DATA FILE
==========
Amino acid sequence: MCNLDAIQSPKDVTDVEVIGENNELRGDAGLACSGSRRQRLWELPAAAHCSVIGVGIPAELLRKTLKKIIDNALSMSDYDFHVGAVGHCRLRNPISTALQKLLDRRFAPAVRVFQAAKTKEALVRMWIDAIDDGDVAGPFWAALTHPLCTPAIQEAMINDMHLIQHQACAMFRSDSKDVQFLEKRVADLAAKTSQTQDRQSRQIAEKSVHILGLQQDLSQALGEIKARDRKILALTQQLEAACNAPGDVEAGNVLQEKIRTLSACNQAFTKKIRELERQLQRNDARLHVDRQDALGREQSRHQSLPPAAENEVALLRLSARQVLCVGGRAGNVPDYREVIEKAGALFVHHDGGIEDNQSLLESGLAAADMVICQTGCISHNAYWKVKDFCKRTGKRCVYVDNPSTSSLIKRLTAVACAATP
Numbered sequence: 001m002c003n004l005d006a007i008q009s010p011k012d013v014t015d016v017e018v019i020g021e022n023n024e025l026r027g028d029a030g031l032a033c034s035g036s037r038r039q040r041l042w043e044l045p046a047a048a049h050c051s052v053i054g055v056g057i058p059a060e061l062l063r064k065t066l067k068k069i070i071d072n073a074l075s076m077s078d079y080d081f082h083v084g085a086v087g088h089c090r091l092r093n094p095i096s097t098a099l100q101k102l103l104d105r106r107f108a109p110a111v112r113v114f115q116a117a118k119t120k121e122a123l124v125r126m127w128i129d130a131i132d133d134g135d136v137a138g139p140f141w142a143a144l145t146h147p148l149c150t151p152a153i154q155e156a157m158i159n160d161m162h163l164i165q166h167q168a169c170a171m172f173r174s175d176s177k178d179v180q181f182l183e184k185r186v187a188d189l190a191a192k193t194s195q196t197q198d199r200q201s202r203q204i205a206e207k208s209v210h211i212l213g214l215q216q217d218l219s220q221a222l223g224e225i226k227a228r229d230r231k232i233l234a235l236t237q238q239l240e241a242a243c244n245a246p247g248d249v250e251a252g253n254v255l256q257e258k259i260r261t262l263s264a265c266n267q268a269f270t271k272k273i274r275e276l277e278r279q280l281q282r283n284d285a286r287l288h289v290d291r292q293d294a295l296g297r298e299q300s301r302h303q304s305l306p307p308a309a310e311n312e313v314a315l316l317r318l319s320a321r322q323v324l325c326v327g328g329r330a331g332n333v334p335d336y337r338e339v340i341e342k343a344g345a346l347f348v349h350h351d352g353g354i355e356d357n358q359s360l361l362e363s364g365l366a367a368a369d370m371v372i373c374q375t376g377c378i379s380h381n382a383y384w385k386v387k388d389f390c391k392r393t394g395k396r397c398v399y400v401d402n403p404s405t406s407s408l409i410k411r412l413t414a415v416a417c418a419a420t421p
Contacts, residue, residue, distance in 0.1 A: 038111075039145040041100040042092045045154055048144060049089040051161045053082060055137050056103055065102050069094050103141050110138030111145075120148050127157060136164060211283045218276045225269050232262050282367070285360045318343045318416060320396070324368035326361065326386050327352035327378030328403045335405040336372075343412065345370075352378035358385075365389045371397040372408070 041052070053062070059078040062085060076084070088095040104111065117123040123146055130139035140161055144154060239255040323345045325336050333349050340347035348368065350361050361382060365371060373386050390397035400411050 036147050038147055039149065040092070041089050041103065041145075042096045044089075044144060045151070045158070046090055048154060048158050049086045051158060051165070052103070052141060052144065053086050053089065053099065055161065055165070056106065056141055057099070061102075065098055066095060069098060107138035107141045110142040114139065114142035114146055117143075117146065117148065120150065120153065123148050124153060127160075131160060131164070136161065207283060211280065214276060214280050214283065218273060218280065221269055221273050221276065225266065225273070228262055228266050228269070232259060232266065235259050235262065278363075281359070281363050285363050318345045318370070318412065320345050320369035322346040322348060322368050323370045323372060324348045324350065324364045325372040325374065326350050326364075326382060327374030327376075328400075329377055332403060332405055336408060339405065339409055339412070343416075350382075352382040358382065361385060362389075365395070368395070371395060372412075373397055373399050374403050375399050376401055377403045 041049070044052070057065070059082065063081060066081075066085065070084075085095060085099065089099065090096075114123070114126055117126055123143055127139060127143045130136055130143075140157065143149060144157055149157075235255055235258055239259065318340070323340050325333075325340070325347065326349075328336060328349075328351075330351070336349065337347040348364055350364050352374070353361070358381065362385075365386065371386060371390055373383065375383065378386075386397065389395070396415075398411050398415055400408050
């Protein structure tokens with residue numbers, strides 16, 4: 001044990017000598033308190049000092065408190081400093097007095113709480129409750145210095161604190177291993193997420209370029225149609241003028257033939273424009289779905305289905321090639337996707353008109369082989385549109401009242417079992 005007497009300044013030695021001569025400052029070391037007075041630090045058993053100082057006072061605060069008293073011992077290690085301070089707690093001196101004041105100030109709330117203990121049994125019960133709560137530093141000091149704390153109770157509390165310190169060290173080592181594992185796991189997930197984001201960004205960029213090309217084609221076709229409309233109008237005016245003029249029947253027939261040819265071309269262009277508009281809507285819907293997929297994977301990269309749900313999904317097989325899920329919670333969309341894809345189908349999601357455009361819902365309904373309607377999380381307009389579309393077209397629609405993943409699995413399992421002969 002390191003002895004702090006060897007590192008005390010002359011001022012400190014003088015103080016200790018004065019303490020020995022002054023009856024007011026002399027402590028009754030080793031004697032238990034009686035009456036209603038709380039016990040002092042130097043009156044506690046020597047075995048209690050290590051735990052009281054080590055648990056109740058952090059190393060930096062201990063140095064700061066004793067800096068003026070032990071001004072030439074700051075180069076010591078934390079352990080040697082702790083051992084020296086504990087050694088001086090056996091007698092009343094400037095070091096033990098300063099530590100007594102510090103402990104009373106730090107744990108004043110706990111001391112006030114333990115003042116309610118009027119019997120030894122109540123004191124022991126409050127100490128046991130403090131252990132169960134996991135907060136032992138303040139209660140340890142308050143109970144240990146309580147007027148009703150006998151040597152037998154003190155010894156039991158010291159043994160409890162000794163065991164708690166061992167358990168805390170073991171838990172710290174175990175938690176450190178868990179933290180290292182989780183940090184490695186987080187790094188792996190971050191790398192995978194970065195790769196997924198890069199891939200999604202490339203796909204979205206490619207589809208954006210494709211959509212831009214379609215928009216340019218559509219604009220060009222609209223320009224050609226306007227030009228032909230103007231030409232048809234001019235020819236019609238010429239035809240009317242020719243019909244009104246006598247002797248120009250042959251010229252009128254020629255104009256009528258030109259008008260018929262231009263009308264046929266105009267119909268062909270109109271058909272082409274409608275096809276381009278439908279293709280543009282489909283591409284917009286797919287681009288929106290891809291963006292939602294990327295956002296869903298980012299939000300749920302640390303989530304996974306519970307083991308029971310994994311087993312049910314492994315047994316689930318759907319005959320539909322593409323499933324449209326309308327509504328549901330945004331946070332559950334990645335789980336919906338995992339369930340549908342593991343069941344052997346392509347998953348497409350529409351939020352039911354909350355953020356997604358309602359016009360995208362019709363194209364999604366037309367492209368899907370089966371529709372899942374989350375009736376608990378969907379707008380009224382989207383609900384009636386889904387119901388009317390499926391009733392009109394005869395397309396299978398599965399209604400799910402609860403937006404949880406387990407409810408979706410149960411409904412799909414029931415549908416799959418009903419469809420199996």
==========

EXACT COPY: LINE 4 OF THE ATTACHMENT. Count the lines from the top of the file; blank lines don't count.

């Protein structure tokens with residue numbers, strides 16, 4: 001044990017000598033308190049000092065408190081400093097007095113709480129409750145210095161604190177291993193997420209370029225149609241003028257033939273424009289779905305289905321090639337996707353008109369082989385549109401009242417079992 005007497009300044013030695021001569025400052029070391037007075041630090045058993053100082057006072061605060069008293073011992077290690085301070089707690093001196101004041105100030109709330117203990121049994125019960133709560137530093141000091149704390153109770157509390165310190169060290173080592181594992185796991189997930197984001201960004205960029213090309217084609221076709229409309233109008237005016245003029249029947253027939261040819265071309269262009277508009281809507285819907293997929297994977301990269309749900313999904317097989325899920329919670333969309341894809345189908349999601357455009361819902365309904373309607377999380381307009389579309393077209397629609405993943409699995413399992421002969 002390191003002895004702090006060897007590192008005390010002359011001022012400190014003088015103080016200790018004065019303490020020995022002054023009856024007011026002399027402590028009754030080793031004697032238990034009686035009456036209603038709380039016990040002092042130097043009156044506690046020597047075995048209690050290590051735990052009281054080590055648990056109740058952090059190393060930096062201990063140095064700061066004793067800096068003026070032990071001004072030439074700051075180069076010591078934390079352990080040697082702790083051992084020296086504990087050694088001086090056996091007698092009343094400037095070091096033990098300063099530590100007594102510090103402990104009373106730090107744990108004043110706990111001391112006030114333990115003042116309610118009027119019997120030894122109540123004191124022991126409050127100490128046991130403090131252990132169960134996991135907060136032992138303040139209660140340890142308050143109970144240990146309580147007027148009703150006998151040597152037998154003190155010894156039991158010291159043994160409890162000794163065991164708690166061992167358990168805390170073991171838990172710290174175990175938690176450190178868990179933290180290292182989780183940090184490695186987080187790094188792996190971050191790398192995978194970065195790769196997924198890069199891939200999604202490339203796909204979205206490619207589809208954006210494709211959509212831009214379609215928009216340019218559509219604009220060009222609209223320009224050609226306007227030009228032909230103007231030409232048809234001019235020819236019609238010429239035809240009317242020719243019909244009104246006598247002797248120009250042959251010229252009128254020629255104009256009528258030109259008008260018929262231009263009308264046929266105009267119909268062909270109109271058909272082409274409608275096809276381009278439908279293709280543009282489909283591409284917009286797919287681009288929106290891809291963006292939602294990327295956002296869903298980012299939000300749920302640390303989530304996974306519970307083991308029971310994994311087993312049910314492994315047994316689930318759907319005959320539909322593409323499933324449209326309308327509504328549901330945004331946070332559950334990645335789980336919906338995992339369930340549908342593991343069941344052997346392509347998953348497409350529409351939020352039911354909350355953020356997604358309602359016009360995208362019709363194209364999604366037309367492209368899907370089966371529709372899942374989350375009736376608990378969907379707008380009224382989207383609900384009636386889904387119901388009317390499926391009733392009109394005869395397309396299978398599965399209604400799910402609860403937006404949880406387990407409810408979706410149960411409904412799909414029931415549908416799959418009903419469809420199996």